To complete the project, a mixture of geographic information system (GIS) and modeling software were used. First, the 3D Massing shapefile was downloaded from the City of Toronto’s OpenData website, and the digital elevation model (DEM) for Toronto was retrieved from Natural Resources Canada. Using ArcMap, the 3D Massing shapefile, which includes information such as the name, location, height, elevation, and age of buildings in the city, was clipped to the study area. Next, buildings constructed prior to or during 2011 were selected and exported as a new layer file. The same was done for new developments, or the buildings constructed from 2012 to 2015, with both layers using a NAD83 UTM Zone 17N projection. Once these new layers were successfully created, they were imported into ArcScene.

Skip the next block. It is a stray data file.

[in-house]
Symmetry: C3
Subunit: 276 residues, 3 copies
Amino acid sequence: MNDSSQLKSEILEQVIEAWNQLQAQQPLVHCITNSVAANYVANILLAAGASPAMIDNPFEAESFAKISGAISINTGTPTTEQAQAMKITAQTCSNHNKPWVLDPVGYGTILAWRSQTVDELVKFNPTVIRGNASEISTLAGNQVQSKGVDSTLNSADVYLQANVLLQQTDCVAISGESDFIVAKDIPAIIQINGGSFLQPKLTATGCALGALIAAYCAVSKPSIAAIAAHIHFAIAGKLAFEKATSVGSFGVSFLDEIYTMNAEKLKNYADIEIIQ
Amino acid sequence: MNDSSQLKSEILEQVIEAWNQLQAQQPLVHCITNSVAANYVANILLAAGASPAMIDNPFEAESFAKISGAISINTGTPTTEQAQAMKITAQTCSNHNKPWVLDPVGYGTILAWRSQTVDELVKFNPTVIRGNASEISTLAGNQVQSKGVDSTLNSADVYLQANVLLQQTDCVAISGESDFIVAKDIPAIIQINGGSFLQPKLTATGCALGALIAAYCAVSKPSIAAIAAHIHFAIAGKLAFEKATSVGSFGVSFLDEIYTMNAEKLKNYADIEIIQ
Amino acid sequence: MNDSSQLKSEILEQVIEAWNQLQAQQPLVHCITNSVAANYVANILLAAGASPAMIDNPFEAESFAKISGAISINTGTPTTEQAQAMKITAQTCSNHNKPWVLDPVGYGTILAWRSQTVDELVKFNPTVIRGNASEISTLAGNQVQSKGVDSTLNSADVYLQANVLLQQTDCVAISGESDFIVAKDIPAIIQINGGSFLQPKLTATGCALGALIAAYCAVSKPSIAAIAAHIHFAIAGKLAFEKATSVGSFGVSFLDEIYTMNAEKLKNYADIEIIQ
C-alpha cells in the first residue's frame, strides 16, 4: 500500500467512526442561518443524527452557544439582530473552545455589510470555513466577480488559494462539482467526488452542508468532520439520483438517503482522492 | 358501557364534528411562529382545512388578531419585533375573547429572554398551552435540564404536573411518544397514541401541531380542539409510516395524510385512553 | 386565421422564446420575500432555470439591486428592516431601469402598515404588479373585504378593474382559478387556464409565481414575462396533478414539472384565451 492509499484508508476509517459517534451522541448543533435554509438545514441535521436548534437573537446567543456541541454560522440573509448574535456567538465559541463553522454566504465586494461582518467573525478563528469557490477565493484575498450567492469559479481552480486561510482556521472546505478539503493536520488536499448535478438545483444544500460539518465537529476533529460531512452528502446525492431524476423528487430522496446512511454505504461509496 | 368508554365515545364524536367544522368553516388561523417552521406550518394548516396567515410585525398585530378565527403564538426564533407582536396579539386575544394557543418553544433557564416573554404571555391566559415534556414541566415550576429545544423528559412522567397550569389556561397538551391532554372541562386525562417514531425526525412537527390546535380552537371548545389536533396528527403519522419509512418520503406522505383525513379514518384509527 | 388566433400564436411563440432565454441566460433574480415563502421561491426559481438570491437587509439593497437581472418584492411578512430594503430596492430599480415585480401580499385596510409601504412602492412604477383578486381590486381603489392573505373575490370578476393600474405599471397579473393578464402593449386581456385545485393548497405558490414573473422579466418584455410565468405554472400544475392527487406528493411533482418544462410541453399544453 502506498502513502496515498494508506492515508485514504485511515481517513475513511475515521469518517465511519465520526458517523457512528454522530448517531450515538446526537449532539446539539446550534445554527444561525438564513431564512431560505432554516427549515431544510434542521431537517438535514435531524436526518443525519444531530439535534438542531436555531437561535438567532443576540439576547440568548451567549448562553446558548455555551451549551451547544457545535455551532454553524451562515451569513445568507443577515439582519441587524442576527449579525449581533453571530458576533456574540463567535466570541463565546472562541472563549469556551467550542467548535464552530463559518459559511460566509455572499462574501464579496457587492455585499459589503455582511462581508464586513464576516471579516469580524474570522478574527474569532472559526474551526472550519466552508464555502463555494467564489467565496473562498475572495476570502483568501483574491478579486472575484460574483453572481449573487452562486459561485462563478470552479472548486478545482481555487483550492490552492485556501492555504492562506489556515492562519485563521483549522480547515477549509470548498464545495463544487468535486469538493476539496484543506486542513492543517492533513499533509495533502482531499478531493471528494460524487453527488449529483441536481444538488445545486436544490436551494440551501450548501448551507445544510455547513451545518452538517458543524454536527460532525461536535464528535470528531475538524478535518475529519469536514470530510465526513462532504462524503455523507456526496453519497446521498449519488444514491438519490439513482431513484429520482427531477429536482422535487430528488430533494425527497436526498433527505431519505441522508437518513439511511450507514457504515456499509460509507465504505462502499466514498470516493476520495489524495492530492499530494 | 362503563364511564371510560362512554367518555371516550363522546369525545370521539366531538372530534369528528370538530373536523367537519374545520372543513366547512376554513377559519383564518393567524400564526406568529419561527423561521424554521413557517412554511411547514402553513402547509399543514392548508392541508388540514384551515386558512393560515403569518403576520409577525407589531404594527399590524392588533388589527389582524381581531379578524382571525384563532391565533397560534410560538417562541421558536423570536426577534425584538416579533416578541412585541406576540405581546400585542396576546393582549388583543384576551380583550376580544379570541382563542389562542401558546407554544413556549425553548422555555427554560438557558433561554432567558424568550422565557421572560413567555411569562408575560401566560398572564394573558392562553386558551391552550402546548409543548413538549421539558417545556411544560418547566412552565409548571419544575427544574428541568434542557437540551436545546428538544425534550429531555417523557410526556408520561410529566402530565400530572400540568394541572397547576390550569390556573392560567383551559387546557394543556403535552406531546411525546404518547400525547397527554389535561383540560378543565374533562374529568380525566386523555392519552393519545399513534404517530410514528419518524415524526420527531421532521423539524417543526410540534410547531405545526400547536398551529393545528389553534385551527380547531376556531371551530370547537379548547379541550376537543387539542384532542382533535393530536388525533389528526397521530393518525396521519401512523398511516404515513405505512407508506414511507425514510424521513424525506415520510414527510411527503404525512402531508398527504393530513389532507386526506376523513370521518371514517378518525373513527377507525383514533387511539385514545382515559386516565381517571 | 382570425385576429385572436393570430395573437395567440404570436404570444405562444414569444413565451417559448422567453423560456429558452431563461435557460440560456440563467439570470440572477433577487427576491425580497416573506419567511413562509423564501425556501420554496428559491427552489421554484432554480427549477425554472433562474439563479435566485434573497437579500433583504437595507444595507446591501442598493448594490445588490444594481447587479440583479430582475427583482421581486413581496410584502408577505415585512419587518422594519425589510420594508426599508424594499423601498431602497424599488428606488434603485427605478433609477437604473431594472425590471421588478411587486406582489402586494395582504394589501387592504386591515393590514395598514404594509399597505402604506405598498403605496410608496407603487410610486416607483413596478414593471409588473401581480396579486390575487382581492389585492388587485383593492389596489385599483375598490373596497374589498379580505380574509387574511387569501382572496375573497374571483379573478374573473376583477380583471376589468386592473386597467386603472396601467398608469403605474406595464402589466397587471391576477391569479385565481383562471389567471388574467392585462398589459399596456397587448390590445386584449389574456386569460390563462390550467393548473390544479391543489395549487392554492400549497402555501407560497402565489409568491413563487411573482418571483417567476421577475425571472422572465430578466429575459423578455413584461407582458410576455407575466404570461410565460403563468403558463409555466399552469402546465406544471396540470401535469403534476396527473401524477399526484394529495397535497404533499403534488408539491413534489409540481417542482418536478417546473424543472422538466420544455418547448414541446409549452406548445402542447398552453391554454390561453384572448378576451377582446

In ArcScene, the digital elevation model for Toronto was opened and projected in NAD83. The raster layer was clipped to the extent of the 2011 building layer, and ensured to have the same spatial reference as the building layer. Next, the DEM layer properties were adjusted so base heights were obtained from the surface, and a vertical exaggeration was calculated from the extent of the DEM in the scene properties. Once complete, the “EleZ” variable data provided in the building layers’ shapefiles were used to calculate and display building heights. The new developments 3D file was then exported, as the 2011 buildings and DEM files were merged. Since the “EleZ” (building height) variable was used rather than “Z” (ground elevation) or “Elevation” (building height from mean sea level), the two layers successfully merged without buildings extending below the DEM layer. The merged file was then exported as a 3D file. Although many technical issues were encountered at this point in the project (i.e. the files failed to merge, ArcScene crashed unexpectedly repeatedly, exported file quality was low…), the challenges were overcome by viewing online tutorials of users who had encountered similar issues.